US postpones new tariffs on certain Chinese imports
The list of goods included cell phones, laptop computers, video game consoles, certain toys, computer monitors and certain items of footwear and clothing. The announcement came amid mounting concerns about a global economic slowdown.
Following the news, ICE Brent futures rose $2.73/bbl to settle at $61.30/bbl on Tuesday, while NYMEX (WTI) crude was up by $2.17/bbl to close at $57.10/bbl.
The USTR said it is still planning to slap 10% tariffs on Chinese imports worth of additional $300 billion and levies are slated to take effect on September 1. President Trump announced new plans to impose tariffs in a series of tweets on August 1.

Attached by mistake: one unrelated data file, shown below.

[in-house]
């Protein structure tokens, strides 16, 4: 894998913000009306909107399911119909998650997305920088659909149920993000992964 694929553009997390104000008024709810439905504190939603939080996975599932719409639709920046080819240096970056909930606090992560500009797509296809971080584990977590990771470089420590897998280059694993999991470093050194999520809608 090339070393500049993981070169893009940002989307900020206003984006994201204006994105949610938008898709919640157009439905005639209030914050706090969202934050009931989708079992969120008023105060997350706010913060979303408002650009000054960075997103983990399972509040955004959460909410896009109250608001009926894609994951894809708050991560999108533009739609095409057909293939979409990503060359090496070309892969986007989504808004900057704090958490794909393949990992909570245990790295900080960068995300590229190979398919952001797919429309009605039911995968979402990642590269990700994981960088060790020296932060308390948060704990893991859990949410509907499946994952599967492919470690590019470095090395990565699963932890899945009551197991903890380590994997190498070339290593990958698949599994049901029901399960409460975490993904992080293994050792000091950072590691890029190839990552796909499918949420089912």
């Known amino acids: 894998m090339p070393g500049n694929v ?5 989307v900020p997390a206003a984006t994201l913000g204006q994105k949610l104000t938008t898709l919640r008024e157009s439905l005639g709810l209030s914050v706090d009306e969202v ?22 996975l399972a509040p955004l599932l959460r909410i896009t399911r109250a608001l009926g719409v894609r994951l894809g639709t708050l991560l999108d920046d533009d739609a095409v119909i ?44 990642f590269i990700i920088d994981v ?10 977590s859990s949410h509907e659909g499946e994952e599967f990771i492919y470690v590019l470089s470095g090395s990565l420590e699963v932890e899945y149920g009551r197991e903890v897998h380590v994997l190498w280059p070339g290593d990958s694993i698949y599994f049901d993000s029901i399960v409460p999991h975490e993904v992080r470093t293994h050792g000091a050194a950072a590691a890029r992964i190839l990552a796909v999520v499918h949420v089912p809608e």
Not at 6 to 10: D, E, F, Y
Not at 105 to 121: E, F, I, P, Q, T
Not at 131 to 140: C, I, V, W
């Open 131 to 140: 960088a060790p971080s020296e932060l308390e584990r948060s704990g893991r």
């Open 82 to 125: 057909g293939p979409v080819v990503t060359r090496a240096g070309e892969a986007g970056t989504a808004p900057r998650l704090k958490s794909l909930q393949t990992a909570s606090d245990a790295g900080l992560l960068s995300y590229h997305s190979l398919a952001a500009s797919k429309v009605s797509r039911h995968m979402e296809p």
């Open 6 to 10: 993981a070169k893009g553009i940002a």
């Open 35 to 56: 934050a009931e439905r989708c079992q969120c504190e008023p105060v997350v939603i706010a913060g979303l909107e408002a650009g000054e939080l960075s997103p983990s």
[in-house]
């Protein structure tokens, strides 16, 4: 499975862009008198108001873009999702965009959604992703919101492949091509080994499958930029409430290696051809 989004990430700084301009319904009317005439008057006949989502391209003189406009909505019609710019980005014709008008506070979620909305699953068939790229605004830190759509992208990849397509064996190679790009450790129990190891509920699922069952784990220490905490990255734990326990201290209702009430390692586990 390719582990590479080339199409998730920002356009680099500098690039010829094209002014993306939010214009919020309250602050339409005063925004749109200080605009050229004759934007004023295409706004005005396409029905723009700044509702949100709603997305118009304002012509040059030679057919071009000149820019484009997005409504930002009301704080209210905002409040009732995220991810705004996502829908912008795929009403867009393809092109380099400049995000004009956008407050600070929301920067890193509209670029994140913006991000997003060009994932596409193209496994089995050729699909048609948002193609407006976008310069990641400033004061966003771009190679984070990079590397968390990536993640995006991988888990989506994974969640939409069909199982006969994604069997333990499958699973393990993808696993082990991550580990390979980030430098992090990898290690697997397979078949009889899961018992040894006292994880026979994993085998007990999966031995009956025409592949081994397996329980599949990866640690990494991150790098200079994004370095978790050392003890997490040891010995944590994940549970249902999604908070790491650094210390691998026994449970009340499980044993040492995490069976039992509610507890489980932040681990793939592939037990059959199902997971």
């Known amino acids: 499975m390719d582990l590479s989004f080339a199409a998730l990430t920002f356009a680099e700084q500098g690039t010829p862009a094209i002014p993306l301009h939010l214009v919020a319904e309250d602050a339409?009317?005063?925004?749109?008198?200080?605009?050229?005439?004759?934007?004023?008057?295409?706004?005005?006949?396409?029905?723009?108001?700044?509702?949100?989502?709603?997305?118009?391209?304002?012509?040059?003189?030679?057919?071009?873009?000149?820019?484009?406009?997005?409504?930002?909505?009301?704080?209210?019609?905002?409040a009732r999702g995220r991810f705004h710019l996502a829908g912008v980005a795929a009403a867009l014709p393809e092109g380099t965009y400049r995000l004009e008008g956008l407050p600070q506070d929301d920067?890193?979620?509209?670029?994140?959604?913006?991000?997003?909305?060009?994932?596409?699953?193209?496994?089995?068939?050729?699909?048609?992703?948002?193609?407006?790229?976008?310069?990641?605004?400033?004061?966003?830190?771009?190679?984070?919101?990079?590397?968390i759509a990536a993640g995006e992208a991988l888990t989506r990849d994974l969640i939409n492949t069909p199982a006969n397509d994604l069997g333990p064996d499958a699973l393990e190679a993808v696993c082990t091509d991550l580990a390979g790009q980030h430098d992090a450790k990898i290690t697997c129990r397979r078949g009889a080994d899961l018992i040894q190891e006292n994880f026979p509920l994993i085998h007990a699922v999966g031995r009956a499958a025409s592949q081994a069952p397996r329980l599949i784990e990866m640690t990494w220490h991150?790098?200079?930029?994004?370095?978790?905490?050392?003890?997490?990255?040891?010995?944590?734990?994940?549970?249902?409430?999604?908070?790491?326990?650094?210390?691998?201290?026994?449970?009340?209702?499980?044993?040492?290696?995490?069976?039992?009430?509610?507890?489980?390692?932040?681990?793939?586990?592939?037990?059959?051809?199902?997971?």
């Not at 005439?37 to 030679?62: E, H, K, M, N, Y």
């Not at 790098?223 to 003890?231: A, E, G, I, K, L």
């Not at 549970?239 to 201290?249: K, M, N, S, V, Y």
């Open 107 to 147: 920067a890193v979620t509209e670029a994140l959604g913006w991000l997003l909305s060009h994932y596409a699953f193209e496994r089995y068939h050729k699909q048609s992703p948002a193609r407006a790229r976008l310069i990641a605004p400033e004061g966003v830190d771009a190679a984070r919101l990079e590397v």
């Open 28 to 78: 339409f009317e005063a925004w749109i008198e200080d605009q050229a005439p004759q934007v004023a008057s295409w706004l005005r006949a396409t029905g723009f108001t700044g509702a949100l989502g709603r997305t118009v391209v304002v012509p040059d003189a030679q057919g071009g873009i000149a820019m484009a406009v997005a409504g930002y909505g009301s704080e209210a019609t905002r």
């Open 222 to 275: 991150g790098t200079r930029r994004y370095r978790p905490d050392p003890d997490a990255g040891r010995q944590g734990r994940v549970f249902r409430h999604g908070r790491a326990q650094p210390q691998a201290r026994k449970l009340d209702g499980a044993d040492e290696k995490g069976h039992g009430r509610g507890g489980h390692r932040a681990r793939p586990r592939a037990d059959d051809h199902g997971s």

In the meantime, talks with trade representatives of two giant economies may resume in two weeks, according to media sources.
Goldman Sachs cut its Q4 growth forecast to 1.8% late last week citing a larger than-expected impact of recent trade war on the US economy. The firm stated that it no longer expects a trade deal with China before the 2020 election.
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